The Scoville scale measures the hotness of a pepper.
A “Scoville Unit” is actually a measure of capsaicin, the chemical that makes a hot pepper hot. Most capsaicin is found in the ribs and seeds of a pepper, which is why seeding a pepper makes it’s heat less potent.
You might have noticed a Scoville rating on your bottle of hot sauce. Original Tabasco has a rating of 2,500 to 5,000 Scoville units. The hottest readily available peppers, Scotch Bonnet and habaneros, share a rating of 100,000–350,000. India’s Bhut Jolokia pepper is in the Guinness Book of World Records as the hottest known pepper. It measures 1,000,000 heat units. (Pepper spray weapons hit 5,300,000 units.)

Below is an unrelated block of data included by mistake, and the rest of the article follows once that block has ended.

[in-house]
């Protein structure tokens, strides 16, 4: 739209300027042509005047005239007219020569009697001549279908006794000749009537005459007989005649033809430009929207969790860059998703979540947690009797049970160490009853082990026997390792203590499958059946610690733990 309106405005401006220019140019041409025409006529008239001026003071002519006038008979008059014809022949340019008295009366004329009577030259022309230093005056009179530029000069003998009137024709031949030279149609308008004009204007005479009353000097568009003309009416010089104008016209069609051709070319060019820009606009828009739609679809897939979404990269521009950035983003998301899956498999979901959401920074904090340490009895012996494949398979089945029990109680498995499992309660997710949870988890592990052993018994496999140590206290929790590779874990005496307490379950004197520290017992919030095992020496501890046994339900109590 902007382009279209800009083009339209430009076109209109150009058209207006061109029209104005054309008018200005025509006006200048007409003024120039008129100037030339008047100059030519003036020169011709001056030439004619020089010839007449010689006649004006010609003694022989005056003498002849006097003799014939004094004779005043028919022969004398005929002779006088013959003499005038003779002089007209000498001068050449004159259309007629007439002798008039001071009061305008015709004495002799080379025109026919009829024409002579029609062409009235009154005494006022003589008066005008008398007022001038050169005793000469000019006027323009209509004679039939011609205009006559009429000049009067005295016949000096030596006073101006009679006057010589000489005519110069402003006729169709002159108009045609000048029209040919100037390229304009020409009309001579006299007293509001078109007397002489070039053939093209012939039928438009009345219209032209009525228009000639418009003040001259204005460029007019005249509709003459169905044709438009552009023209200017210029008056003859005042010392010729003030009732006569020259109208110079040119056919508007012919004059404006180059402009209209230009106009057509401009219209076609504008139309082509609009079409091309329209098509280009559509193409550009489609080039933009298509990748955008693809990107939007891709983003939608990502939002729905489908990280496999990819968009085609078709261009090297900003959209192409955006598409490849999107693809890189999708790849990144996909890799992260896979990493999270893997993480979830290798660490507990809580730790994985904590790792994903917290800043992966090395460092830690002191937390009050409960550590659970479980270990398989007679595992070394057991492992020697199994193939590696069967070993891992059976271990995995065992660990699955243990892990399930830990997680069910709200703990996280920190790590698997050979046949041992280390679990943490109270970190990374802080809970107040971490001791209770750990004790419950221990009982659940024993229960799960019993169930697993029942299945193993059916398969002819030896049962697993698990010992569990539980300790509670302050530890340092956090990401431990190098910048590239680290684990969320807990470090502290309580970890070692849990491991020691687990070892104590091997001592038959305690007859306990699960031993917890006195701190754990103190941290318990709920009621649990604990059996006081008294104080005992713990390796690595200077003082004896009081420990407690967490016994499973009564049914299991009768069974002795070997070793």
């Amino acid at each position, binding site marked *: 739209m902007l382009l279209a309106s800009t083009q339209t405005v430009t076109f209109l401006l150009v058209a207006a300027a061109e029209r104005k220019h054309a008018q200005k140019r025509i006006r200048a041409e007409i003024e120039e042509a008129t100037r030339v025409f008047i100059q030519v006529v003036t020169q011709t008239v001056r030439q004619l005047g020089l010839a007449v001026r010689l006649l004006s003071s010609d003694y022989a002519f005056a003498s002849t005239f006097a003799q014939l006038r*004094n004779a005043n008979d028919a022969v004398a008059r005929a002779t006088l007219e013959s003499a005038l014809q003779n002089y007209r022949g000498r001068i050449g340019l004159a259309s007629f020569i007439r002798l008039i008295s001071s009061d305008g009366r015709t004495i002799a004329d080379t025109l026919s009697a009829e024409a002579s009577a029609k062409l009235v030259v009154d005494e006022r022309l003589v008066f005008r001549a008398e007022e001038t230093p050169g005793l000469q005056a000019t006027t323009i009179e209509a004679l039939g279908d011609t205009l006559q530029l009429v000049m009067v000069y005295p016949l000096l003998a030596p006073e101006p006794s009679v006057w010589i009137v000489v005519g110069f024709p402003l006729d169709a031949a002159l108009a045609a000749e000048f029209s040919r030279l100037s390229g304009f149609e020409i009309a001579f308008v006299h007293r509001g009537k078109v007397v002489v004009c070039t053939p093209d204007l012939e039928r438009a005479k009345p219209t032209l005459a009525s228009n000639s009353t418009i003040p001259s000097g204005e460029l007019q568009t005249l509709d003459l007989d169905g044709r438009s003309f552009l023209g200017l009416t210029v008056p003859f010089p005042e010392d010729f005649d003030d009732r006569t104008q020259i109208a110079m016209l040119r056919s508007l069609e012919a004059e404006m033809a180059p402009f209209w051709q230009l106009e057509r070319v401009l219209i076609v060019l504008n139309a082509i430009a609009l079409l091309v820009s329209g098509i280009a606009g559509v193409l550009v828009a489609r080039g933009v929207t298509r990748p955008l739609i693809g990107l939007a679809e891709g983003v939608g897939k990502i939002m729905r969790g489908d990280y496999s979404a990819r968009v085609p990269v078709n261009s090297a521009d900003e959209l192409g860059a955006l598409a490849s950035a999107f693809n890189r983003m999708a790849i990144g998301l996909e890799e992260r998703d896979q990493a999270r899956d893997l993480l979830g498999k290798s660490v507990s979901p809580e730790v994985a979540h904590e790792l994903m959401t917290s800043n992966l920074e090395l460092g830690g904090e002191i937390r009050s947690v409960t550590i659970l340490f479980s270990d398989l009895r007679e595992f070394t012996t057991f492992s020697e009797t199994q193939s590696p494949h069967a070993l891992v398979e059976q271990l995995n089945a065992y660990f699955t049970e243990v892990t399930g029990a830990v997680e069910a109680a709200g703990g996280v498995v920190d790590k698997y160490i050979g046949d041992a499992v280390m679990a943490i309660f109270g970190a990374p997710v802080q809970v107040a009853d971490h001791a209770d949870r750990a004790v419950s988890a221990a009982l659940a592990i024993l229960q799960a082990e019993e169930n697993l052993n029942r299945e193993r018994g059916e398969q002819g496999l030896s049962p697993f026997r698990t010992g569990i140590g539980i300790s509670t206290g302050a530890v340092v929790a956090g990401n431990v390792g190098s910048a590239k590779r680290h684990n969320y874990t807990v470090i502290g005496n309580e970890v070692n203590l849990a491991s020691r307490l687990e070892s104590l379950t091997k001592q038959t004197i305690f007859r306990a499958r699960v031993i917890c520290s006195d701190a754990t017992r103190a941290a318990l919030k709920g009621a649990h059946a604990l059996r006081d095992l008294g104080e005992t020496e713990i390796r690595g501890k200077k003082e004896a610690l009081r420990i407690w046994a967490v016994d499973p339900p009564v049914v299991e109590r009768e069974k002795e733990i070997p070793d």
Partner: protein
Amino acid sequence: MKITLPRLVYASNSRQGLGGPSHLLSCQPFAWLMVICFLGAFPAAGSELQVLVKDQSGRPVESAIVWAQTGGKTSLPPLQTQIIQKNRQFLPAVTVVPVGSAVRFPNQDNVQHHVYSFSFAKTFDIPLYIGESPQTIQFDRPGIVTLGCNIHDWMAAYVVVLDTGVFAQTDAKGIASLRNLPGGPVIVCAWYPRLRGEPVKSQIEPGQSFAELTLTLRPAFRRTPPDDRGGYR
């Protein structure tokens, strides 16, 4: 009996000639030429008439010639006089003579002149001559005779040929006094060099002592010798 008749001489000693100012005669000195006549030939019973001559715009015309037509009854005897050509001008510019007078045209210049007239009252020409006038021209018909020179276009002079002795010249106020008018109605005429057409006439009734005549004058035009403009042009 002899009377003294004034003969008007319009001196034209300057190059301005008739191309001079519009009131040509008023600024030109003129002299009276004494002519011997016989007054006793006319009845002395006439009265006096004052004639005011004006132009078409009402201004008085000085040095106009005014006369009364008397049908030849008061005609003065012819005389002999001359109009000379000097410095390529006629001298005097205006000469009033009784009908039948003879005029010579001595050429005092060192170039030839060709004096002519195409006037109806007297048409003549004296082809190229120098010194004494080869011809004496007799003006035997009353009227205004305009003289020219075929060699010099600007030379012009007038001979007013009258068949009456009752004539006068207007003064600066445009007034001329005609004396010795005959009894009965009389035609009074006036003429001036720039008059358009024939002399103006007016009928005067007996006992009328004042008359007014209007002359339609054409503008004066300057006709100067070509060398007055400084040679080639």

The rating of a bell pepper? Zero — no heat from this pepper.